Thursday, March 29, 2012

What Happened When I Forgot My Sketchbook.

I ordered art supplies that arrived yesterday and was excited to try them out during my morning coffee shop drawing tradition.  I packed my new 24-color Pelikan opaque watercolor set along with a beautiful new size 16, synthetic sable-haired brush.  I arrived at the coffee shop, opened my bag, and realized that I forgot my sketchbook.  Ugh.  Being resourceful I grabbed the local San Diego CityBeat magazine and opened it up.  I busted out the pen and started drawing.  There was something liberating and spontaneous about rendering on the newsprint.  I also enjoyed negotiating with the existing type and advertisements.  A good experience.

Raven Skull (Ball-point pen, marker, and watercolor on newsprint, 10x8.5").

Wednesday, March 28, 2012

How It Begins.

 The start of a new painting... pencil on gessoed illustration board (Crescent 100.3)...

If I work on canvas, I usually draw the contours with a brush and thinned oil mixture of transparent maroon and ultramarine.  But since illustration board is so conducive to pencil, I went with the more controllable medium.  One concern I have when painting over a pencil base is there can be a tendency to preserve the lines and hold them as sacred, resulting in a tight painting.  I'm going to make a concerted effort to use them as guides and make intuitive and spontaneous strokes.  Using larger brushes often helps with this effort.

Next step: oil.

Sunday, March 18, 2012

Art: Rachelle.

Rachelle (Oil on gessoed illustration board, 7x7").

This was a good learning experience.  There were a dozen times I wanted to retire the painting, but I kept marching on.  At various stages, it felt too "comic-booky," with strong outlines for the eyes and other features. I felt that the drawing and values were strong, which left only one thing: edges.  So I went back and started to assess all of my edge work.  With a long haired sable brush, I softened edges.  I mixed transition colors and applied them between adjacent values that required an intermediate value step. And then I tried to notice the little things -- the small accents of color that informed shape.  Generally speaking, I'm pleased with how it turned out.  That last step -- taking a shape-and-value accurate painting and getting it to transcend into something nuanced, painterly, and emotional -- is difficult and something that can't be taught.  You just have to fight with it.  I'm still learning.  This was a good step.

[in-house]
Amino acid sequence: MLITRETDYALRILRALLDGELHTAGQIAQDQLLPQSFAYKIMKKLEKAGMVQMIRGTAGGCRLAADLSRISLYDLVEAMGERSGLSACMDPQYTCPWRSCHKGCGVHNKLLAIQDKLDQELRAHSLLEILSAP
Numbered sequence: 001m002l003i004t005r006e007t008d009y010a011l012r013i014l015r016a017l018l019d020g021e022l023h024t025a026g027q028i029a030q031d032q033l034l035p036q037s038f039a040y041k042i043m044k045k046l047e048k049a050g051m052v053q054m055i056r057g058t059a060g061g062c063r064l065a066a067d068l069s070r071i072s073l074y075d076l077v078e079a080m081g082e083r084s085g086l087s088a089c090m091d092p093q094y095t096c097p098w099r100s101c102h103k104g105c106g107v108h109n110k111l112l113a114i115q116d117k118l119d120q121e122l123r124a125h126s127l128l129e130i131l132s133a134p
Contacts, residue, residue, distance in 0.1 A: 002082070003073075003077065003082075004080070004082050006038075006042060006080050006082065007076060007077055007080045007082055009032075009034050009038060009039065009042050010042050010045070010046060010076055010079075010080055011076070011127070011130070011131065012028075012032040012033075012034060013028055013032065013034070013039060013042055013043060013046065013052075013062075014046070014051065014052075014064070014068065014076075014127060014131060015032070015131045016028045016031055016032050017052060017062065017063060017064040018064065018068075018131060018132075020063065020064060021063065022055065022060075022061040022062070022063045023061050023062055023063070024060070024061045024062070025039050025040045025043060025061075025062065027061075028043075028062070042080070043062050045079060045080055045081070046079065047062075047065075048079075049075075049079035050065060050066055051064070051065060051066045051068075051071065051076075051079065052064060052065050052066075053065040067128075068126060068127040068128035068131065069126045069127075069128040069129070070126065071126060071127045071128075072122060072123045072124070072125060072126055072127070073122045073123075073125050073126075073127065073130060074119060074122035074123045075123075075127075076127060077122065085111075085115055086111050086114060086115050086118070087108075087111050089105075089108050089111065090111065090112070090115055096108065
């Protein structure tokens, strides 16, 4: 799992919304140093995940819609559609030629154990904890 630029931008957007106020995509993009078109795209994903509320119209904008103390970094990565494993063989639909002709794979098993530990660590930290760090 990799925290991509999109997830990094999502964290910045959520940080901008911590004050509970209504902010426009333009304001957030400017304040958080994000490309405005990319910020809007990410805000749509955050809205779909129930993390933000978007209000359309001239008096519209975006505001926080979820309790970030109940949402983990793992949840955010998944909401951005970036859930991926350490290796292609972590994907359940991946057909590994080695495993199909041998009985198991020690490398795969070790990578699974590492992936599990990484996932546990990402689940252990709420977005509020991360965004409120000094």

It was also my first time painting on gessoed illustration board (Crescent 100.3).  I only applied one layer of gesso so I worried that the paint would soak in too quickly and I'd lose my wet-into-wet ability, but I never encountered that problem.  The other concern was that the surface would become slippery and paint would easily lift off, but that didn't come to fruition either.  I enjoyed the surface quite a bit -- more than Masonite.  I added texture to the surface when I applied the gesso, and some of that texture can be seen in the painting.

Saturday, March 17, 2012

Sketchbook: Skull Reliquary.

Skull Reliquary (Pencil in Moleskine, 3x6").

It can be easy for me to fall into a groove when visiting a museum where I gravitate towards artwork in my visual wheelhouse (i.e. strong draftsmanship, representational, etc), while briskly bypassing others.  It's not something I'm proud of, because a lot can be gleaned from art outside of my artistic Venn diagram.  As a result, I have a new edict where I try to spend time in front of pieces and genres I would normally ignore.  I was rewarded by my new-found effort when I encountered this Papua New Guinea skull reliquary sculpture in the Oceanic art section of San Francisco's De Young Museum.  It was an amazing piece.

Thursday, March 15, 2012

Sketchbook: Bull Vessel.

Bull Vessel From Elam (Opaque watercolor in Moleskine sketchbook, 5x8"). 

Went to the San Diego flea market last weekend and picked up an interesting book titled The Age of God-Kings.  I did this piece based on a photo from the book.  I started using opaque watercolors (a pan set made by Pelikan) and they work quite well in the Moleskine.  Its paper can be unforgiving to water media and frequently freckles, but the opaque watercolors give me a fighting chance.

Tuesday, March 13, 2012

Sketchbook: Lumo.

Lumo (Watercolor and colored pencil in Moleskine sketchbook, 5x8").

Saturday, March 10, 2012

Art: Flamingo Skull

Flamingo Skull (Oil on wood, 20x20").

Saturday, March 03, 2012

Sketchbook: Angela.

Angela (Watercolor and gouache in Moleskine sketchbook, 4.5x8").